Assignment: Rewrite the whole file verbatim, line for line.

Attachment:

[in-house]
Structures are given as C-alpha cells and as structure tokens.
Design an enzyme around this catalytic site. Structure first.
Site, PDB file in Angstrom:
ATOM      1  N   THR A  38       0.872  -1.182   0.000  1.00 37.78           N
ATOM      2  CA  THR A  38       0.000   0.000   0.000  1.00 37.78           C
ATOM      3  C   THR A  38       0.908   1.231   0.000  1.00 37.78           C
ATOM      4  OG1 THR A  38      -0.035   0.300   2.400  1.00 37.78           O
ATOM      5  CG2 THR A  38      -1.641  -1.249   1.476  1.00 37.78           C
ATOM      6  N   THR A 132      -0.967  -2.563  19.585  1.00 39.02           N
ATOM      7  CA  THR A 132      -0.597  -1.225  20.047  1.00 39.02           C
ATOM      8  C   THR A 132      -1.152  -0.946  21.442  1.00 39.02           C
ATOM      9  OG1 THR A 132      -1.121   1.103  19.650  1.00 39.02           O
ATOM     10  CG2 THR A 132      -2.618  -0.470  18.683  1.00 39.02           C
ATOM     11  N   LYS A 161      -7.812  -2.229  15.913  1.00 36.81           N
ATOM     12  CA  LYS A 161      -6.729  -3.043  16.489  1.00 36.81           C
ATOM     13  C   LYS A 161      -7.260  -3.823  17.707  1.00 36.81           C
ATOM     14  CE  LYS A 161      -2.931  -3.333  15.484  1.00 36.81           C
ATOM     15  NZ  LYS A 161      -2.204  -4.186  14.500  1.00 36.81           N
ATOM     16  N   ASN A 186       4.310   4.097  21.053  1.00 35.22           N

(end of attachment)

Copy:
[in-house]
Structures are given as C-alpha cells and as structure tokens.
Design an enzyme around this catalytic site. Structure first.
Site, PDB file in Angstrom:
ATOM      1  N   THR A  38       0.872  -1.182   0.000  1.00 37.78           N
ATOM      2  CA  THR A  38       0.000   0.000   0.000  1.00 37.78           C
ATOM      3  C   THR A  38       0.908   1.231   0.000  1.00 37.78           C
ATOM      4  OG1 THR A  38      -0.035   0.300   2.400  1.00 37.78           O
ATOM      5  CG2 THR A  38      -1.641  -1.249   1.476  1.00 37.78           C
ATOM      6  N   THR A 132      -0.967  -2.563  19.585  1.00 39.02           N
ATOM      7  CA  THR A 132      -0.597  -1.225  20.047  1.00 39.02           C
ATOM      8  C   THR A 132      -1.152  -0.946  21.442  1.00 39.02           C
ATOM      9  OG1 THR A 132      -1.121   1.103  19.650  1.00 39.02           O
ATOM     10  CG2 THR A 132      -2.618  -0.470  18.683  1.00 39.02           C
ATOM     11  N   LYS A 161      -7.812  -2.229  15.913  1.00 36.81           N
ATOM     12  CA  LYS A 161      -6.729  -3.043  16.489  1.00 36.81           C
ATOM     13  C   LYS A 161      -7.260  -3.823  17.707  1.00 36.81           C
ATOM     14  CE  LYS A 161      -2.931  -3.333  15.484  1.00 36.81           C
ATOM     15  NZ  LYS A 161      -2.204  -4.186  14.500  1.00 36.81           N
ATOM     16  N   ASN A 186       4.310   4.097  21.053  1.00 35.22           N